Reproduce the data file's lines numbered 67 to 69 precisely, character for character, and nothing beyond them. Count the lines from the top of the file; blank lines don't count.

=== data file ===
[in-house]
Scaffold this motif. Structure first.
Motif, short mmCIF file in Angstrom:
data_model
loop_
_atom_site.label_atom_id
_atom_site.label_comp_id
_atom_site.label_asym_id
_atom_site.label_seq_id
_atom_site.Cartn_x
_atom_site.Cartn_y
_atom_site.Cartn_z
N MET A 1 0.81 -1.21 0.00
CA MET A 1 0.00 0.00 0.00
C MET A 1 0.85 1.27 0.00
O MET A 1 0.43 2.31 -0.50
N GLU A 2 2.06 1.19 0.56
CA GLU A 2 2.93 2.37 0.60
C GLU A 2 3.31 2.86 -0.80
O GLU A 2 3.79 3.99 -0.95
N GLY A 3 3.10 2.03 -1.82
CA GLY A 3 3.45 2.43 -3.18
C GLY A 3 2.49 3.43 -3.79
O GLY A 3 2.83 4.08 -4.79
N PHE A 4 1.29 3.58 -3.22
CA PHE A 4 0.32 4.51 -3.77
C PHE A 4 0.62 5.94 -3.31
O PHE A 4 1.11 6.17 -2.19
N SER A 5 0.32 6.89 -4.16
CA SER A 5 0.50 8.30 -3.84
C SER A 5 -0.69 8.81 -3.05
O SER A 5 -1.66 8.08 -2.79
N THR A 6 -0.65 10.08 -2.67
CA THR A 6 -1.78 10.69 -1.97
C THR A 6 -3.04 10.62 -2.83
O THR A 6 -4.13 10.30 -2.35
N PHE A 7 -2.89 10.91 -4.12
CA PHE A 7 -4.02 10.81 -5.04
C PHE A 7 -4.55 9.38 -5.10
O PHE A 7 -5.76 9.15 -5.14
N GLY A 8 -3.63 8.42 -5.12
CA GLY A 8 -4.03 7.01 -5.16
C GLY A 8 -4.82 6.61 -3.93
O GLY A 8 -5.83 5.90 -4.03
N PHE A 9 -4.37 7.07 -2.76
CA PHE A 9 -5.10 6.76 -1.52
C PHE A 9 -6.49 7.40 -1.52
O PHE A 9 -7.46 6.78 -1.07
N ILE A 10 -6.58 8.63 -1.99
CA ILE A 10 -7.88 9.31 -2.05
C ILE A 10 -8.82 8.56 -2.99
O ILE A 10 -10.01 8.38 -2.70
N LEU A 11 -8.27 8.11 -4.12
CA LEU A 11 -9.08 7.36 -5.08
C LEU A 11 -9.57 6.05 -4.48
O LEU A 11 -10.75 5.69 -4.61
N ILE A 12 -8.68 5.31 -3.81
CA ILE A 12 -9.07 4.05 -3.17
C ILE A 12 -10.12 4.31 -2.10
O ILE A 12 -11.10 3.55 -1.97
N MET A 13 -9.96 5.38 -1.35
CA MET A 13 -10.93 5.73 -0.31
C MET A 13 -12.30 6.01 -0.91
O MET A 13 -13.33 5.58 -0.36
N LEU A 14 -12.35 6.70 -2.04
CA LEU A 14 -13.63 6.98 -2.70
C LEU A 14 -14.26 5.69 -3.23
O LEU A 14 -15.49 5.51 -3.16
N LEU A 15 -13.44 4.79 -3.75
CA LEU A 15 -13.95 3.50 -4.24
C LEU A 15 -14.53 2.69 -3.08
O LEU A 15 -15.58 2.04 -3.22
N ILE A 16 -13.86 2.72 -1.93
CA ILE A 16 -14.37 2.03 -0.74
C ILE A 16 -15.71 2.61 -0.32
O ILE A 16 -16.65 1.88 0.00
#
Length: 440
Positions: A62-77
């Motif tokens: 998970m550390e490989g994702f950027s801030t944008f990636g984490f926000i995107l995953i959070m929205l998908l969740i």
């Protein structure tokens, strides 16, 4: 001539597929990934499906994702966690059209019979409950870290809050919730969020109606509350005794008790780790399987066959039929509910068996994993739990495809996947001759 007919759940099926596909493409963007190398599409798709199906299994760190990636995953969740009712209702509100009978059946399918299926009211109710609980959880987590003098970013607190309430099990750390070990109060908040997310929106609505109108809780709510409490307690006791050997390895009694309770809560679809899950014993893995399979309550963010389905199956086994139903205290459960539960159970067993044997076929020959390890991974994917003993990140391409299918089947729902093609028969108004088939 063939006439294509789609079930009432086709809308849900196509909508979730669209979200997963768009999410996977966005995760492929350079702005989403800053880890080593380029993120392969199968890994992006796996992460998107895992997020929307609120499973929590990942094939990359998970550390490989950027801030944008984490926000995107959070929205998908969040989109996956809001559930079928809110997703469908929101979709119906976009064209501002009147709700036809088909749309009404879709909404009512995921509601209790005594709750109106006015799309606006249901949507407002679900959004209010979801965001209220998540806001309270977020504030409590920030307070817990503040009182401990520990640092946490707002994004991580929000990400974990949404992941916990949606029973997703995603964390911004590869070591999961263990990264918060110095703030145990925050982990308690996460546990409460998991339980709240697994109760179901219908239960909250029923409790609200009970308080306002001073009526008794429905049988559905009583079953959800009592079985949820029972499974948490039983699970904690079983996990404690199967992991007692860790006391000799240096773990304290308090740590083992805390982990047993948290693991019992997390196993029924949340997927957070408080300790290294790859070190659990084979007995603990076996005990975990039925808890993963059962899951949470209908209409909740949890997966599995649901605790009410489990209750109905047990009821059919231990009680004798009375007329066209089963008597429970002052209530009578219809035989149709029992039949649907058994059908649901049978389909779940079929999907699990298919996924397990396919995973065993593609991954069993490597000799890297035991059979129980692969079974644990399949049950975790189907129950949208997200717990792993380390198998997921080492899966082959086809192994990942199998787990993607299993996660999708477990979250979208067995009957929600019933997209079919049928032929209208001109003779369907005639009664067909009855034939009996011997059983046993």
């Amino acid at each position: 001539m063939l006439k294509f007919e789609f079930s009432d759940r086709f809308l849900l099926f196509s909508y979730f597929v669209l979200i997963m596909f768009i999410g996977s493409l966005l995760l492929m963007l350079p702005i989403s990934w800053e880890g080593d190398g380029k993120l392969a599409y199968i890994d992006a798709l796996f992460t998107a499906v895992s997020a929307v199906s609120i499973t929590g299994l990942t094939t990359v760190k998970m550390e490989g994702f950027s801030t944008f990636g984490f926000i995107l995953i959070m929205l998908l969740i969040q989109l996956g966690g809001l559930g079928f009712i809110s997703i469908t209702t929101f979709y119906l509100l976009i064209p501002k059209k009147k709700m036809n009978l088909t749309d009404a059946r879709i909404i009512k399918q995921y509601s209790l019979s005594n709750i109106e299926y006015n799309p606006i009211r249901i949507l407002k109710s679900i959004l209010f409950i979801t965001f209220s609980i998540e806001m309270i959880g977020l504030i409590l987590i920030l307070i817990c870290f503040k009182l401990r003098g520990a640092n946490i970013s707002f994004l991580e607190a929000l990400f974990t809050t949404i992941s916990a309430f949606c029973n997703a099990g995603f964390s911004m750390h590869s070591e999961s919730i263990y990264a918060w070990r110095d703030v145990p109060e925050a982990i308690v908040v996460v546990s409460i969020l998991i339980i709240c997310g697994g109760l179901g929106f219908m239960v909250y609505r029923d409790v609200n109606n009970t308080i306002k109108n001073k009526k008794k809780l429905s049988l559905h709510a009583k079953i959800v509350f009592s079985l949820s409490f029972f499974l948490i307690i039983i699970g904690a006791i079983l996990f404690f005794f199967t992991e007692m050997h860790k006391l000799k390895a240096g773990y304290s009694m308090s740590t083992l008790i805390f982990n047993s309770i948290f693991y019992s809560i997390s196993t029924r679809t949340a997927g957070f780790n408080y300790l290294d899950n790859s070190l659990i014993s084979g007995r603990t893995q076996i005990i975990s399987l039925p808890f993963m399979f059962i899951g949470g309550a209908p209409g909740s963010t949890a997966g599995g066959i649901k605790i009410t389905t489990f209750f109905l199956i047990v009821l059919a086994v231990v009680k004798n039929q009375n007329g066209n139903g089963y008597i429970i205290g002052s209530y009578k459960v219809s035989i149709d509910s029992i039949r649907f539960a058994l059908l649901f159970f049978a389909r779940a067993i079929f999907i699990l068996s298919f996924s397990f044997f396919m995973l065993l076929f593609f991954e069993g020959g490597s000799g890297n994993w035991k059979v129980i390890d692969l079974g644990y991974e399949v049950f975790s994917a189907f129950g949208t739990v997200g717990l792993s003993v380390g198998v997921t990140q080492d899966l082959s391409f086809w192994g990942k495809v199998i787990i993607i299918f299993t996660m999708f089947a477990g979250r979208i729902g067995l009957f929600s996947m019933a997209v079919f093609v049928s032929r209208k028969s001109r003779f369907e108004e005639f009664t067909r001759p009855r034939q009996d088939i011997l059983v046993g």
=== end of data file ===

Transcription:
C LEU A 14 -14.26 5.69 -3.23
O LEU A 14 -15.49 5.51 -3.16
N LEU A 15 -13.44 4.79 -3.75